Grimm, Jacob and Wilhelm, composite manuscript with 45 fairy tales and one saga (autograph, unsigned)

On October 25th and December 15th of 1810, Jacob Grimm sent Clemens Brentano this manuscript. It is the oldest handwritten version of the Kinder- und Hausmärchen since the Brothers Grimm systematically destroyed all the preliminary work for their edition of the fairy tales, probably in order to prevent the comparison between the handwritten versions and the later printed edition (first edition 1812), which was thoroughly revised and expressed in literary form. According to an analysis by Heinz Rölleke (Rölleke Heinz (ed.), Die älteste Märchensammlung der Brüder Grimm. Synopse der handschriftlichen Urfassung von 1810 und der Erstdrucke von 1812, Cologny-Genève 1975), 25 fairy tales were written by Jacob Grimm, 14 by Wilhelm Grimm (partly with addenda by his brother), and 7 can be attributed to four other authors. Martin Bodmer purchased this manuscript from Mary A. Benjamin, New York, in 1953. (fri)

Online Since: 12/17/2015

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Cologny, Fondation Martin Bodmer, H-51.4
Paper · 1 f. · 32.5 x 21 cm · 1843 / (20.01.1756)
Friedrich Hölderlin, Der Frühling, autograph

This poem in two stanzas of four lines each and titled “Der Frühling,” was written by Friedrich Hölderlin (1770-1843) in his own hand; at the end it is signed “Mit Unterthänigkeit Scardanelli” and dated to January 20, 1756. Hölderlin, who from about 1802 on was mentally ill, often signed his works, sometimes with invented names, among them Scardanelli, and invented dates. Another hand has corrected the given date in pencil to 1843; this suggests that the poem was created shortly before Hölderlin’s death. (fri)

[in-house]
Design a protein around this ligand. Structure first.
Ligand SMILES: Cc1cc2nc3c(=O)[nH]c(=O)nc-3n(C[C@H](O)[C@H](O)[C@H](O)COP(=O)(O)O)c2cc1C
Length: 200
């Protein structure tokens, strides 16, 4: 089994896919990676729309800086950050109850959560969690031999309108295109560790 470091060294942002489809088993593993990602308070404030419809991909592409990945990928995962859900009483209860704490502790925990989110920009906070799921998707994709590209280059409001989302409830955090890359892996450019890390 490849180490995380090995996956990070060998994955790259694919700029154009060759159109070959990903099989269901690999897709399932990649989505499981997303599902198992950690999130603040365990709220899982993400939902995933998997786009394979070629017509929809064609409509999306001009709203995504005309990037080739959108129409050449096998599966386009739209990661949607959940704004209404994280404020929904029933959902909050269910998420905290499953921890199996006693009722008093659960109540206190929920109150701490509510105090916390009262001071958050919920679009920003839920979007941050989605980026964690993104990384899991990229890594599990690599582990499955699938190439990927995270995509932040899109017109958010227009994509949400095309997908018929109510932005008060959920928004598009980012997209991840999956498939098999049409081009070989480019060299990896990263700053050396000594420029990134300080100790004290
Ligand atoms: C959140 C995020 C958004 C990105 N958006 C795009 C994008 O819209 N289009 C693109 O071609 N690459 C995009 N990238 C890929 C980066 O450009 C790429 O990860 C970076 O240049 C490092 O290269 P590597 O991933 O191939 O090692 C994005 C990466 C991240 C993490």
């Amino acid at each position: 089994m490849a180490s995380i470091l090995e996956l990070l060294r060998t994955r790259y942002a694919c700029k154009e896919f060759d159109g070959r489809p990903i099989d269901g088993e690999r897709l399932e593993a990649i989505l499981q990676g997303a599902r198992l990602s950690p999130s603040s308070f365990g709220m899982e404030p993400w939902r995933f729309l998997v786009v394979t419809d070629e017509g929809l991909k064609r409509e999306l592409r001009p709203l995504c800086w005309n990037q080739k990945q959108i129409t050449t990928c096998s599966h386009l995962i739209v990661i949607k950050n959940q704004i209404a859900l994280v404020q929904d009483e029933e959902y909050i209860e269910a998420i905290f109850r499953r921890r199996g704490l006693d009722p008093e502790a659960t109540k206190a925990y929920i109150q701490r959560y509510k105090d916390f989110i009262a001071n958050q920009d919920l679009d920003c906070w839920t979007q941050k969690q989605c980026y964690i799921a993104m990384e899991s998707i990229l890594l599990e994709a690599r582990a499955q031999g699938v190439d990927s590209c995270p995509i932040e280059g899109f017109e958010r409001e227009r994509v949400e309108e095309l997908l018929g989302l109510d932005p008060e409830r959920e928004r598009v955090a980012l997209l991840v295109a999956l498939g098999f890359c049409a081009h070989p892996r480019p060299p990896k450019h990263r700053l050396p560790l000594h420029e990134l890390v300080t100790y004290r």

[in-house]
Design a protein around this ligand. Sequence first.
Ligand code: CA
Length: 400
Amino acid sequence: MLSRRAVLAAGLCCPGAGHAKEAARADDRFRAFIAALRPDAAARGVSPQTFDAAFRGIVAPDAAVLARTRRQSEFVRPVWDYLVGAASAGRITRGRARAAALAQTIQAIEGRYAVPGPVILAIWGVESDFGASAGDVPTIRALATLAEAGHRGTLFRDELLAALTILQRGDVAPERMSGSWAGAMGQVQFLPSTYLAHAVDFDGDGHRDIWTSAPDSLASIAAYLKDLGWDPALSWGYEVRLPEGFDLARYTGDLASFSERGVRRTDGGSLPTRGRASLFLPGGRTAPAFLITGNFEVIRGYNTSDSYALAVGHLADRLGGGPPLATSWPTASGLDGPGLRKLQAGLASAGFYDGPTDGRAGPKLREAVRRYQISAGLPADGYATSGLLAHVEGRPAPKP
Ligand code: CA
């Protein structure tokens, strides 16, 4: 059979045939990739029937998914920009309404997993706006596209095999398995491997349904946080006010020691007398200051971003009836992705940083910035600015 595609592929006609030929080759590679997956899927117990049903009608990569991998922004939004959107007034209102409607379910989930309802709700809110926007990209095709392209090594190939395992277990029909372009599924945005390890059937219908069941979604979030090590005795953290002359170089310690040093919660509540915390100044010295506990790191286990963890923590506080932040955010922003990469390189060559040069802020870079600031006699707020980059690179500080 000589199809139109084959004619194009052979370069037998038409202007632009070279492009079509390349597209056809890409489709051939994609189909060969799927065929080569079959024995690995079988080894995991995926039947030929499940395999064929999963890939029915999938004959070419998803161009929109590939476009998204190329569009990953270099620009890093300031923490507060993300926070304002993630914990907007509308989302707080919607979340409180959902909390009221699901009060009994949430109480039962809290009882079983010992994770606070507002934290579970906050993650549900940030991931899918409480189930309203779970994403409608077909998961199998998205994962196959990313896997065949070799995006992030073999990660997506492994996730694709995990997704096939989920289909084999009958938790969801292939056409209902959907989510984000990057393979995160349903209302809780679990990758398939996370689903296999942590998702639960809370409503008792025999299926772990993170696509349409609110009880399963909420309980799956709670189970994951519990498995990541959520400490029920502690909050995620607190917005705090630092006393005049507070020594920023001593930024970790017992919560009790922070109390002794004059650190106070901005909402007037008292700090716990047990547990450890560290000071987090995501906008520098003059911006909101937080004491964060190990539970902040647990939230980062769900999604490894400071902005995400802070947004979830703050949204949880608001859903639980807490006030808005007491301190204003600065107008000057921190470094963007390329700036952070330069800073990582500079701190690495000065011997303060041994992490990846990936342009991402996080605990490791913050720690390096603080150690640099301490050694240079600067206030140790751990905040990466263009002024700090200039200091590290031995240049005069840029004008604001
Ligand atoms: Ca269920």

Online Since: 12/17/2015

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Cologny, Fondation Martin Bodmer, H-51.5
Paper · 1 f. · 32.3 x 20.5 cm · 12.6.1842 / (15.11.1759)
Friedrich Hölderlin, Der Herbst, autograph

This poem in three stanzas of four lines each and titled “Der Herbst”, was written by Friedrich Hölderlin in his own hand; at the end it is dated to November 15, 1759. Hölderlin, who from about 1802 on was mentally ill, often signed his works, sometimes with invented names and invented dates. At the top of the page another hand has written „Autographie v Hölderlin“ along with the correction „Tübingen d 12 Juli 1842.“ (fri)

Online Since: 12/17/2015

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Cologny, Fondation Martin Bodmer, H-51.6
Paper · 1 f. · 32.5 x 20.5 cm · 7.11.1842 / (24.4.1849)
Friedrich Hölderlin, Der Winter, autograph

This poem in two stanzas of four lines each and titled “Der Winter”, was written by Friedrich Hölderlin in his own hand; at the end it is signed “Mit Unterthänigkeit Scardanelli” and dated to April 24, 1849. Hölderlin, who from about 1802 on was mentally ill, often signed his works, sometimes with invented names, among them Scardanelli, and invented dates. Another hand has corrected the given date in pencil to November 7, 1842. (fri)

Online Since: 12/17/2015

Documents: 1885, displayed: 381 - 400